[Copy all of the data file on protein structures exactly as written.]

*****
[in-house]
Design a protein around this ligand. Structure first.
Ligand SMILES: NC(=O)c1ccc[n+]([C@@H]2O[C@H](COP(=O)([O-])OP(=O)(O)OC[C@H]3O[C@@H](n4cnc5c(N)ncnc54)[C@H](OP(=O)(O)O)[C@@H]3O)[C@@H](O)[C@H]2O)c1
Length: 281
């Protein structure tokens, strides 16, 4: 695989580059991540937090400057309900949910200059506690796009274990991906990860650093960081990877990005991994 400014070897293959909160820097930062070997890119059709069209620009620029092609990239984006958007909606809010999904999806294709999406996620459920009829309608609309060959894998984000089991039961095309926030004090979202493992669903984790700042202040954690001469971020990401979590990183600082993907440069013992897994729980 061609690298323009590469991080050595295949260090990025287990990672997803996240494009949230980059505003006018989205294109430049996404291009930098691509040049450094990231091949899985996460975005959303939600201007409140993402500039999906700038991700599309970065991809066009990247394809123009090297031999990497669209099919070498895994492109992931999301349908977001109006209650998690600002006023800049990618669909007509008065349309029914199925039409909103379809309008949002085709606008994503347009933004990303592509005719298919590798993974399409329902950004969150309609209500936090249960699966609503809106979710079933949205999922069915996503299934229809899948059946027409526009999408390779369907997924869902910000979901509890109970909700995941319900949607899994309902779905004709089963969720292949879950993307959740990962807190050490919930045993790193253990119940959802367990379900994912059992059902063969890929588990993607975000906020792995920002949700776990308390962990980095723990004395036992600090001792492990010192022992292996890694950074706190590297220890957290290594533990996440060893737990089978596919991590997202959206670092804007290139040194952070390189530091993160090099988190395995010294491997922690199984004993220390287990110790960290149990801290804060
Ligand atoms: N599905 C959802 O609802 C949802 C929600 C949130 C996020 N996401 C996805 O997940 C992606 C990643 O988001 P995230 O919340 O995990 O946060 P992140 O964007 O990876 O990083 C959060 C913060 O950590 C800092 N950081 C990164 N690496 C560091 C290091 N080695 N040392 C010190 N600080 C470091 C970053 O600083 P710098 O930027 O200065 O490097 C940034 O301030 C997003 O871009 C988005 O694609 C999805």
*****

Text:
[in-house]
Design a protein around this ligand. Structure first.
Ligand SMILES: NC(=O)c1ccc[n+]([C@@H]2O[C@H](COP(=O)([O-])OP(=O)(O)OC[C@H]3O[C@@H](n4cnc5c(N)ncnc54)[C@H](OP(=O)(O)O)[C@@H]3O)[C@@H](O)[C@H]2O)c1
Length: 281
């Protein structure tokens, strides 16, 4: 695989580059991540937090400057309900949910200059506690796009274990991906990860650093960081990877990005991994 400014070897293959909160820097930062070997890119059709069209620009620029092609990239984006958007909606809010999904999806294709999406996620459920009829309608609309060959894998984000089991039961095309926030004090979202493992669903984790700042202040954690001469971020990401979590990183600082993907440069013992897994729980 061609690298323009590469991080050595295949260090990025287990990672997803996240494009949230980059505003006018989205294109430049996404291009930098691509040049450094990231091949899985996460975005959303939600201007409140993402500039999906700038991700599309970065991809066009990247394809123009090297031999990497669209099919070498895994492109992931999301349908977001109006209650998690600002006023800049990618669909007509008065349309029914199925039409909103379809309008949002085709606008994503347009933004990303592509005719298919590798993974399409329902950004969150309609209500936090249960699966609503809106979710079933949205999922069915996503299934229809899948059946027409526009999408390779369907997924869902910000979901509890109970909700995941319900949607899994309902779905004709089963969720292949879950993307959740990962807190050490919930045993790193253990119940959802367990379900994912059992059902063969890929588990993607975000906020792995920002949700776990308390962990980095723990004395036992600090001792492990010192022992292996890694950074706190590297220890957290290594533990996440060893737990089978596919991590997202959206670092804007290139040194952070390189530091993160090099988190395995010294491997922690199984004993220390287990110790960290149990801290804060
Ligand atoms: N599905 C959802 O609802 C949802 C929600 C949130 C996020 N996401 C996805 O997940 C992606 C990643 O988001 P995230 O919340 O995990 O946060 P992140 O964007 O990876 O990083 C959060 C913060 O950590 C800092 N950081 C990164 N690496 C560091 C290091 N080695 N040392 C010190 N600080 C470091 C970053 O600083 P710098 O930027 O200065 O490097 C940034 O301030 C997003 O871009 C988005 O694609 C999805």